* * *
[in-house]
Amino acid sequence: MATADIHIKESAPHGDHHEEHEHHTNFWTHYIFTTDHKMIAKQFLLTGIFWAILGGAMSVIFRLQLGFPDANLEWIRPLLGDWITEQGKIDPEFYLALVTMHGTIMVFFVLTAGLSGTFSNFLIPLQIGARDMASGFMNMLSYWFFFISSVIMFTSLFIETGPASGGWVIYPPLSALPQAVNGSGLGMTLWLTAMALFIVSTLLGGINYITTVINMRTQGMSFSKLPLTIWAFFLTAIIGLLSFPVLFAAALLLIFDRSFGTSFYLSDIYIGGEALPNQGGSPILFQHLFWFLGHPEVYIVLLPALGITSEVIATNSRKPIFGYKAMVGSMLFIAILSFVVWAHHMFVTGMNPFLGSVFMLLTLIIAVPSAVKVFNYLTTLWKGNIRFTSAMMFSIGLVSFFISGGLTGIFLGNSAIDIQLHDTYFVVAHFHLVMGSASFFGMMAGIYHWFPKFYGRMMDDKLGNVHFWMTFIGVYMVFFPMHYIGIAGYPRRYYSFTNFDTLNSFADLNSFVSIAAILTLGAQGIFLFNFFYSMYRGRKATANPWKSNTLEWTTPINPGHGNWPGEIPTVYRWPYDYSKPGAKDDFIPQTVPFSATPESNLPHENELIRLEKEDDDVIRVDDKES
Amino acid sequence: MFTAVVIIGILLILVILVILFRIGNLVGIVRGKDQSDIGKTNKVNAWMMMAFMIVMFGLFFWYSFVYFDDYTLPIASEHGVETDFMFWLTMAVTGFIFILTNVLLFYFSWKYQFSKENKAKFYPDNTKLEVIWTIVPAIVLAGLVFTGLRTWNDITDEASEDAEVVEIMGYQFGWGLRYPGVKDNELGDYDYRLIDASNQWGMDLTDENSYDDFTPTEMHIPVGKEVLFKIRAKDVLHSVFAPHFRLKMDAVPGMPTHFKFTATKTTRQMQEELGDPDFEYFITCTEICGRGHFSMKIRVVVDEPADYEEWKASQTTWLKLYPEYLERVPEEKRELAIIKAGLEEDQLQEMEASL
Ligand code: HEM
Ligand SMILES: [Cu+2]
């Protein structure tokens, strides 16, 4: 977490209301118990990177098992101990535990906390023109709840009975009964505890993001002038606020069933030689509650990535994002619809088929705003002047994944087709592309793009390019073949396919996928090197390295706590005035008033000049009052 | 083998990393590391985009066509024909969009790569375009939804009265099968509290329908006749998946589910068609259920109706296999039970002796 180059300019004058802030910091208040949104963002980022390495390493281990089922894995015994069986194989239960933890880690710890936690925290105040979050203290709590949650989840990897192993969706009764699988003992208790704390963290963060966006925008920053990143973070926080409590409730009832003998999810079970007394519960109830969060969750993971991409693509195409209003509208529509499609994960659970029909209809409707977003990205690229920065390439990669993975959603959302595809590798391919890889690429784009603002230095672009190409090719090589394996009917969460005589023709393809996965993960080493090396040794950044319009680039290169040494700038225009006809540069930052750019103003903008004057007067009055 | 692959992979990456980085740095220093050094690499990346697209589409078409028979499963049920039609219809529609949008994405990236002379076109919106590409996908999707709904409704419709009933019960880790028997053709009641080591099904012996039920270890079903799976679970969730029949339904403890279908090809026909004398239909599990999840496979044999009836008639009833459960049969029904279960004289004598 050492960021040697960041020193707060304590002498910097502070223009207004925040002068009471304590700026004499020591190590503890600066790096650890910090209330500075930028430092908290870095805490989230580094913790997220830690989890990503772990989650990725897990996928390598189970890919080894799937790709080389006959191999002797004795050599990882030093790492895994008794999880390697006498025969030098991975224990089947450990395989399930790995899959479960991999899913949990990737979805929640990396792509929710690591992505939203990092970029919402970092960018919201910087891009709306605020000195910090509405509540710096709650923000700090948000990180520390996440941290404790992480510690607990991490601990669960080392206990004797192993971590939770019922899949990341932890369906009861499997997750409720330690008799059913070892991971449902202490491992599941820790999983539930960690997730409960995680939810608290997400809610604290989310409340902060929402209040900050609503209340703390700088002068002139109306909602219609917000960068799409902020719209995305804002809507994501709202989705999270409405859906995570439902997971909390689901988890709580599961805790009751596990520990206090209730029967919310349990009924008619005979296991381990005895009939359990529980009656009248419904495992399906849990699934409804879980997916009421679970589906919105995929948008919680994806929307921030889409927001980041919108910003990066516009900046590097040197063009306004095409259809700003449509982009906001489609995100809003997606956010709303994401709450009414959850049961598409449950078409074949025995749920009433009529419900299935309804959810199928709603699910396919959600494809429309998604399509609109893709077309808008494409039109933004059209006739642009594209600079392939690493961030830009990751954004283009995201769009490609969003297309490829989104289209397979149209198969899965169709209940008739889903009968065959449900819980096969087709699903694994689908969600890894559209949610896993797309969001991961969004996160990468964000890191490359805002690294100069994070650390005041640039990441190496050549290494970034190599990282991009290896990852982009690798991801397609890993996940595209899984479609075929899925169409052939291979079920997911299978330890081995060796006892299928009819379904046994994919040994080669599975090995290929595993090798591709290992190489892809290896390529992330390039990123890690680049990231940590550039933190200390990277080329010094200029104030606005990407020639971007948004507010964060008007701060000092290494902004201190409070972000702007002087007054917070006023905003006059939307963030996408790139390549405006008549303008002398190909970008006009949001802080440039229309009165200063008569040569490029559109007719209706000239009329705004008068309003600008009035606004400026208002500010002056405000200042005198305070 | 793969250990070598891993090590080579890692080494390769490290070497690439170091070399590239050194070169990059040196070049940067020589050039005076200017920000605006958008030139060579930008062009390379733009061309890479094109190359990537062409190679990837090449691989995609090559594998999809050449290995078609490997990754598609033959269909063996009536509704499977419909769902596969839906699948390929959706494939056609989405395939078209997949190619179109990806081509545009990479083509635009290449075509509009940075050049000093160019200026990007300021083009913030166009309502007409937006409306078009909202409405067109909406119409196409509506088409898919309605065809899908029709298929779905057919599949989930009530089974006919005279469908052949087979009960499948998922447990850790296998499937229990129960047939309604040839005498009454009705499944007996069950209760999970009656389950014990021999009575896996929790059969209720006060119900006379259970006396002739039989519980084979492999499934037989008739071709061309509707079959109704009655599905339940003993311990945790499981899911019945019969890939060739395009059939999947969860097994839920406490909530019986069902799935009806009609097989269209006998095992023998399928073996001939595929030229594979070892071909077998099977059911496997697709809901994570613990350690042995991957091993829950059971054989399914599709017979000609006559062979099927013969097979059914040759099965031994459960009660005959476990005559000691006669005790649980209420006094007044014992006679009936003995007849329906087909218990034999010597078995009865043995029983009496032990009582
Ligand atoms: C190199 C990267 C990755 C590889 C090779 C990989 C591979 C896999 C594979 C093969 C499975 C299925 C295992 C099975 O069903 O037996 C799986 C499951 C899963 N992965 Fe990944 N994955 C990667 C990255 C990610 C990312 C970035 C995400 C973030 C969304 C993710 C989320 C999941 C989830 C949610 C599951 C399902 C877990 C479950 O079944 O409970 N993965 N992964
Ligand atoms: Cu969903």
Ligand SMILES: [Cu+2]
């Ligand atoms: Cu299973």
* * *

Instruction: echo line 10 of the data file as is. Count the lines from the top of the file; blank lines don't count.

């Ligand atoms: Cu299973």